It is truly amazing the number of classics that have been found and revived that had been left for dead out in a field or tucked inside an old barn. Back in the day when gas was cheap and a weekend drive thru the country side was not considered a guilty pleasure it was not uncommon to spot some classic grill or fender peaking through a opened barn door. Most of us are used to seeing a rounded ’50’s model fender or maybe the exposed trunk of a 1960’s Mustang. It would be a rare thing in America to catch a 1938 Bugatti cozied up along the hay and under-growth of a barn, but that is just what happened to one lucky person.
The 1938 Bugatti Type 57C Atalante Coupe that survived all those years in that barn appears to be complete and in good shape considering its barned-state of hibernation. It was expected that this rare find would run somewhere between $300,000 and $400,000 in auction, but it seems word or wallets spread over the barned Bugatti. When the auction closed the winning bidder was $852,500 lighter in the bank account. Ofcourse for a bidder on a classic car of this stature that is not an unsightly price.
Over the years I have witness and her countless stories ofÂ barn finds andÂ rusted field flowers. A friend of my fathers discovered and purchased a 1966 K-code Mustang with a HiPo 289 engine. It was all original and had not lostÂ any ofÂ its horses while sitting in wait in that field. In another instance IÂ stumbled upon aÂ collection of 4 1920’sÂ Model A’s barely covered along the road at the end of a privateÂ homes yard. The word around town was that some people had offered him money for one or some or even all and the owner would not budge.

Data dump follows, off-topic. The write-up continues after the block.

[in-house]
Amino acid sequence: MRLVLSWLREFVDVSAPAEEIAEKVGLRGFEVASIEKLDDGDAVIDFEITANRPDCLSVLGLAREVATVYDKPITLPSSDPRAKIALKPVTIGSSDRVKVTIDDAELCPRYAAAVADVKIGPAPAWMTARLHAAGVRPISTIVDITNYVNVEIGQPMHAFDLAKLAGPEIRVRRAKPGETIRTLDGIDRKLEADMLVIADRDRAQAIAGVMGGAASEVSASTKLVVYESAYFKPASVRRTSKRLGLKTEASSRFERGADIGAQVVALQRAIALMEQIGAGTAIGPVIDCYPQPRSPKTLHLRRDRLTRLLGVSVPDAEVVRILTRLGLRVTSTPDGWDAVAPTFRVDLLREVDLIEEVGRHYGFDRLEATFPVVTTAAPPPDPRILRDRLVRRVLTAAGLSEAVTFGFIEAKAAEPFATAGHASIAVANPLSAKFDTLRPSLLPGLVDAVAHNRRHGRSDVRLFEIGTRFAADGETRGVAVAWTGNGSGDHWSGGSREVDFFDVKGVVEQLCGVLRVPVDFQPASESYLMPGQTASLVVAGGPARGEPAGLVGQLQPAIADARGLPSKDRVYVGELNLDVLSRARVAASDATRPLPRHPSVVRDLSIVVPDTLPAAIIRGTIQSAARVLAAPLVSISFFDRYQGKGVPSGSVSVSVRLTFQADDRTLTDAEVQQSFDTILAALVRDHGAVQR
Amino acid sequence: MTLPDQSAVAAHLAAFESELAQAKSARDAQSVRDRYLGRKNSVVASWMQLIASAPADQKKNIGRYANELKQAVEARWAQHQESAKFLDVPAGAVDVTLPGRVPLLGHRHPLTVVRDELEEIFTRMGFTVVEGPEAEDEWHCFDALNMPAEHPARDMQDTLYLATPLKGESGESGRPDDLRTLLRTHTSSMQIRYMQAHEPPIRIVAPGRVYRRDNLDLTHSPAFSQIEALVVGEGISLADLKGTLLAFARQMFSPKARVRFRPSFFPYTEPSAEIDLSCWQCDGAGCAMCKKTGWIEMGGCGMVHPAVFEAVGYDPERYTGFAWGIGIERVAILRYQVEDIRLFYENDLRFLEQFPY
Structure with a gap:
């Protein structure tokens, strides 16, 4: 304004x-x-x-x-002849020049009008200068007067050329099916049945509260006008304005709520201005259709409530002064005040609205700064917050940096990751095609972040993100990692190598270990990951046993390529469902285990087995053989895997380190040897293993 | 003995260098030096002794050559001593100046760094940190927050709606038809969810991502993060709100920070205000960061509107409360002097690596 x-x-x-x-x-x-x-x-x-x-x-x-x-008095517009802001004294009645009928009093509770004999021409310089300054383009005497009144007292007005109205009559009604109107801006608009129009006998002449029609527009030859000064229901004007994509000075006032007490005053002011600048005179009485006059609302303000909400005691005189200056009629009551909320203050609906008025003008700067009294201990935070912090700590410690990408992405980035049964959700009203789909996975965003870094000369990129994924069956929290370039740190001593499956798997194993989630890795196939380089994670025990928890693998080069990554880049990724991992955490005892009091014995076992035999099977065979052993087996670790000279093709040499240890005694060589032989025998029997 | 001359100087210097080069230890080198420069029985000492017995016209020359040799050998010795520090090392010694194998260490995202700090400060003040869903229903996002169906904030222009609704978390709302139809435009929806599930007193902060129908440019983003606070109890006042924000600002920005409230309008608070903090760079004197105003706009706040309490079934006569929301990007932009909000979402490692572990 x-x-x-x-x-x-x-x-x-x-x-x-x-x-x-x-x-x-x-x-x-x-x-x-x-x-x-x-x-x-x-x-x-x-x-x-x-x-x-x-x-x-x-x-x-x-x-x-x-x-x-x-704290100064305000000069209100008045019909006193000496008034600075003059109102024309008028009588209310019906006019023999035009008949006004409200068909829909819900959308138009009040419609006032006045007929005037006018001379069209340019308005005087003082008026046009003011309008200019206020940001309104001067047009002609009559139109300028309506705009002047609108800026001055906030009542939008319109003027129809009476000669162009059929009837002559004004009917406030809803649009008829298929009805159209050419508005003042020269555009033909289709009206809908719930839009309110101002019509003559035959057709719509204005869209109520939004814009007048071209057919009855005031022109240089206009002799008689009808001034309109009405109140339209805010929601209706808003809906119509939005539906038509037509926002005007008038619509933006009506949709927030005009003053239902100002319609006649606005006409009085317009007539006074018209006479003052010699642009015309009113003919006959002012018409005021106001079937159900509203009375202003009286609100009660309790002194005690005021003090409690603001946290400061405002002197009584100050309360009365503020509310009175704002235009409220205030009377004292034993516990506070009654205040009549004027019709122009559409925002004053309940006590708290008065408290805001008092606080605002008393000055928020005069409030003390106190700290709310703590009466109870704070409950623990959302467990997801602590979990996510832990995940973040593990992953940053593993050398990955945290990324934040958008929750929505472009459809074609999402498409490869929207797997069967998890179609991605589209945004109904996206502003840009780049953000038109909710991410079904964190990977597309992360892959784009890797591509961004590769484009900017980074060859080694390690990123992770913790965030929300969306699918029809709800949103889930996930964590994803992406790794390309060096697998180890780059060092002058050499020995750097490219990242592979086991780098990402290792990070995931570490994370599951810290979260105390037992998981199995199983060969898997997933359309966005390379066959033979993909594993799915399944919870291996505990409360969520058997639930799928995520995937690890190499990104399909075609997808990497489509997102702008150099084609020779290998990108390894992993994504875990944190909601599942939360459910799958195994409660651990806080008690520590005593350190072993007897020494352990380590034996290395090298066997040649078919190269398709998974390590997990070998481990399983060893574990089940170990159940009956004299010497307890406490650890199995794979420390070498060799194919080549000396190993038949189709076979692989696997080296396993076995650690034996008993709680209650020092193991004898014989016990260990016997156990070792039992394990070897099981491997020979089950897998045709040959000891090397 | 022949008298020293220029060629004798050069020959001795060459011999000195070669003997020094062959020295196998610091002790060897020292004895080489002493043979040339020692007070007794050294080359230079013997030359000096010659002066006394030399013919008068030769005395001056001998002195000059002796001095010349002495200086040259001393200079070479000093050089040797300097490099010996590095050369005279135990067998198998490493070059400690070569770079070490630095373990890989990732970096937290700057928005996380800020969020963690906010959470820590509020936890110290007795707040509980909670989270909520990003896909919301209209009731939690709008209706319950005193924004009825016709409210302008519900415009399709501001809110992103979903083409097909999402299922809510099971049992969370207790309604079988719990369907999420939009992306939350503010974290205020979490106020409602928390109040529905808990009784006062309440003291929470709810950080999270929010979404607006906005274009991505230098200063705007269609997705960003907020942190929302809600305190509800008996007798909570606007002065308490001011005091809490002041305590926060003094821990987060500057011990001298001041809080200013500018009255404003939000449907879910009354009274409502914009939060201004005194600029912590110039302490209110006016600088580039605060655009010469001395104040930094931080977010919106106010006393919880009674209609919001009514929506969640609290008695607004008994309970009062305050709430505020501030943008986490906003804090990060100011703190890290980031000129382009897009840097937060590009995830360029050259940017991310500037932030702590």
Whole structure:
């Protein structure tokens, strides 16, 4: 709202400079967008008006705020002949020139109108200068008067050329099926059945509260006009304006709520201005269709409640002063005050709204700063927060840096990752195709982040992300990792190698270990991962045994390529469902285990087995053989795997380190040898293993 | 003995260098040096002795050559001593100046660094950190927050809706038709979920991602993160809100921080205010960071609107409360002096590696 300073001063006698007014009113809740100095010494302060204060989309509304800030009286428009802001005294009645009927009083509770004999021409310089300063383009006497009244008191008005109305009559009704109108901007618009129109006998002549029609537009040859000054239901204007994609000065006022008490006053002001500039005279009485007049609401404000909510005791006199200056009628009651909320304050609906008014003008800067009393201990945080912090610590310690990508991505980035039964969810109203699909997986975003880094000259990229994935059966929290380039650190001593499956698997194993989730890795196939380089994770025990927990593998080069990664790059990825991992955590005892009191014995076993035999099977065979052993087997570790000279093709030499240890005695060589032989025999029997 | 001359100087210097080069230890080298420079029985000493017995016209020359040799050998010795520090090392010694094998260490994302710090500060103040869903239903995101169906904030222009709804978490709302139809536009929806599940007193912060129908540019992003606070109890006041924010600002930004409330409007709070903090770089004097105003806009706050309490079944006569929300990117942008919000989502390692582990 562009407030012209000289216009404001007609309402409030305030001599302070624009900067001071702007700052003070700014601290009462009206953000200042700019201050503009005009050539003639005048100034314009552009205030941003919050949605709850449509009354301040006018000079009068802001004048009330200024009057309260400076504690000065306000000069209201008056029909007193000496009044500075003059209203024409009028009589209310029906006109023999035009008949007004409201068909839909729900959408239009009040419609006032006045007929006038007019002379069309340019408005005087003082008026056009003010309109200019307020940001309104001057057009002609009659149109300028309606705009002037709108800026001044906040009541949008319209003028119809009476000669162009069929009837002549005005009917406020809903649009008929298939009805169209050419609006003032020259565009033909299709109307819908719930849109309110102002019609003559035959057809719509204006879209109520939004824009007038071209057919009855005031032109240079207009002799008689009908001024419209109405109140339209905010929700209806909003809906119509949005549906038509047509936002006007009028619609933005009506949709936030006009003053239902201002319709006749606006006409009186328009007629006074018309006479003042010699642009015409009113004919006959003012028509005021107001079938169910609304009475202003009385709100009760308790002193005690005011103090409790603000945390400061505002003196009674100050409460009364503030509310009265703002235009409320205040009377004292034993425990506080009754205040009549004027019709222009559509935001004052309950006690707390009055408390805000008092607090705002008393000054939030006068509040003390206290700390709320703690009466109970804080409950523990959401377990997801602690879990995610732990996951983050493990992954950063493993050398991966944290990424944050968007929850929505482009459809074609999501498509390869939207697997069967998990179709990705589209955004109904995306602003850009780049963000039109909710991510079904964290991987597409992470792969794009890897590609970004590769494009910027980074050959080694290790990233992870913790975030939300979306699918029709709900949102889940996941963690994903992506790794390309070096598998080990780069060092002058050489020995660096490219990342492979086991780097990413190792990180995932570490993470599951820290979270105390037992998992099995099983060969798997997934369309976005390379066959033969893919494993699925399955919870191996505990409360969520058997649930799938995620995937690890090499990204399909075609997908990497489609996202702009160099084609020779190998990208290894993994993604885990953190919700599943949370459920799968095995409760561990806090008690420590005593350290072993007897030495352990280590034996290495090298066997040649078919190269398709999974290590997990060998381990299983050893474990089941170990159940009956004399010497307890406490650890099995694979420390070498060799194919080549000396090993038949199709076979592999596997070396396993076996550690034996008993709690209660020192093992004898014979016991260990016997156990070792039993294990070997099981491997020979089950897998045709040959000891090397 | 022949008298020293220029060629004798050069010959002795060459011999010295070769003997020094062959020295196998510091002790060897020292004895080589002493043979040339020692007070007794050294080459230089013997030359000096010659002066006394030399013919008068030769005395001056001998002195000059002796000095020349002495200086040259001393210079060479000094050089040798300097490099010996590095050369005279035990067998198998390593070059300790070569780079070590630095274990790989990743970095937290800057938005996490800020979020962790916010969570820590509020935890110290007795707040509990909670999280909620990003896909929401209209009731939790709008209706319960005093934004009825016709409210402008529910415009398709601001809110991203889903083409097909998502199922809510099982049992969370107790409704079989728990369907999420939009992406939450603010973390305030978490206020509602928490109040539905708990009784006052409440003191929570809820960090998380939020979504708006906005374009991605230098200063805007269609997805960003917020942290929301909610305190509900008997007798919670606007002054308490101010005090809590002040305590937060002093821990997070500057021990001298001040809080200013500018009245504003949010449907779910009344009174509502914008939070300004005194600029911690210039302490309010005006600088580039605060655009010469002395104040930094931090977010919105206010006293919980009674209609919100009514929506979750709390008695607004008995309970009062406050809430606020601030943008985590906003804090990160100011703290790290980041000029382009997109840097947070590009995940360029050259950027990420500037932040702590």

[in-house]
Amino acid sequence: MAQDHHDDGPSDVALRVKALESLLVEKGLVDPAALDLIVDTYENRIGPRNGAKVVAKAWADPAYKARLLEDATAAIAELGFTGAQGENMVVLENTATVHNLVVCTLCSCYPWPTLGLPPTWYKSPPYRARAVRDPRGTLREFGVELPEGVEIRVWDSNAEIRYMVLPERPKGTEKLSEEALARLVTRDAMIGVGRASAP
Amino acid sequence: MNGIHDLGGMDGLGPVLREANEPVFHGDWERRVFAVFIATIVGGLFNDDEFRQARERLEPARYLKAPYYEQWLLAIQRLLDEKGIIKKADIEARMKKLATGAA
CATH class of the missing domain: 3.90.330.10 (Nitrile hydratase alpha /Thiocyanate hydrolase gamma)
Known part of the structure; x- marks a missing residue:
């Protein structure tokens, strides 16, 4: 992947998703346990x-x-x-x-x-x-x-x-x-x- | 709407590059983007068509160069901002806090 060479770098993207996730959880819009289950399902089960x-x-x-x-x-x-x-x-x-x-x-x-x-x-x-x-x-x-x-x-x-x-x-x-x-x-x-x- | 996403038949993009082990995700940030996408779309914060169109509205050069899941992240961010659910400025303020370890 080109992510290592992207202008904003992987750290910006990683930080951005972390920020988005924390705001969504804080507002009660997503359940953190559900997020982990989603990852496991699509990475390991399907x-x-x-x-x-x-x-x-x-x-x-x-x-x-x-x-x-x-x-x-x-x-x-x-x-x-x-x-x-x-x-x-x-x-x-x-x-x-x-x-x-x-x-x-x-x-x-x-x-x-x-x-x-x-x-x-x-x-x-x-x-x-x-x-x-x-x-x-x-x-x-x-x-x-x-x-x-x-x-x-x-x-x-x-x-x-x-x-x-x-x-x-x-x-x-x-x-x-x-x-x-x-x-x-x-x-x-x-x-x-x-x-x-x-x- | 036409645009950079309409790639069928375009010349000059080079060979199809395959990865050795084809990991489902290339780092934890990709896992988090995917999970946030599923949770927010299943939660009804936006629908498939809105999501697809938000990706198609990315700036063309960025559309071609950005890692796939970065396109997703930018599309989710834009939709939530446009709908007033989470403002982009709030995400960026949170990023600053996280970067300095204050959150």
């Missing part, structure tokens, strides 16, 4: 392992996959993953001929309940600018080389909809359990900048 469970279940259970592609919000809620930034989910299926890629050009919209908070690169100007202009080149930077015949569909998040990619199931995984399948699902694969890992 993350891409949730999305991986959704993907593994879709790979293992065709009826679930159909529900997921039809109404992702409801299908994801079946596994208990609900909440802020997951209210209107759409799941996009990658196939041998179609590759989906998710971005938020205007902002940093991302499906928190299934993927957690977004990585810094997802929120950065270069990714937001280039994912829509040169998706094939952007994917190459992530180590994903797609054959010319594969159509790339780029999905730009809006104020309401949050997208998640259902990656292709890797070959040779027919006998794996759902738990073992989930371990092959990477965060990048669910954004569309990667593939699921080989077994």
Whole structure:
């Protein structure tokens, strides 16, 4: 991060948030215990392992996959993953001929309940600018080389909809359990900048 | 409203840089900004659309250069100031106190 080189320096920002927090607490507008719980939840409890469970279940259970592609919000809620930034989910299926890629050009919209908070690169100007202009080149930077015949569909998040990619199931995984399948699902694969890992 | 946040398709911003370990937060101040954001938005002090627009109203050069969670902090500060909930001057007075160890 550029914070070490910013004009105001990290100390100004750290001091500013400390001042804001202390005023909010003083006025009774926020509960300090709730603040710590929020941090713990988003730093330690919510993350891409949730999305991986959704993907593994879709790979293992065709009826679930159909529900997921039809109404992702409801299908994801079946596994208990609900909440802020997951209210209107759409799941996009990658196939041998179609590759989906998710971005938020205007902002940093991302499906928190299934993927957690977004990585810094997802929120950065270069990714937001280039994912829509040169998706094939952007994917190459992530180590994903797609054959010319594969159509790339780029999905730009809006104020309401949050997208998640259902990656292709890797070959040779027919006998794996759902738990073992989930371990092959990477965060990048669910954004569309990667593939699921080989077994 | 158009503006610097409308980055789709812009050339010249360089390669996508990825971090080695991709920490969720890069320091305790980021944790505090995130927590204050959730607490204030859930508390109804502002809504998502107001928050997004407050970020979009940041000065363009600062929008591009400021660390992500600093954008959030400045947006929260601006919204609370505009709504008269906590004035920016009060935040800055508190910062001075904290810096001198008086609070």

As always where some see trash others see treasure; like the 1955 barned-up Chevy picturedÂ below. A lot of money and a lot of hard laborÂ over time and you have a classic that could last another lifetime.Â
SoÂ let that be a warning to all or maybe just a piece of advice. While you are out there whipping up the back-road of where-ever America keep one eye on the road and one eye in the barns and field around you. You never know what you may find peaking back at you.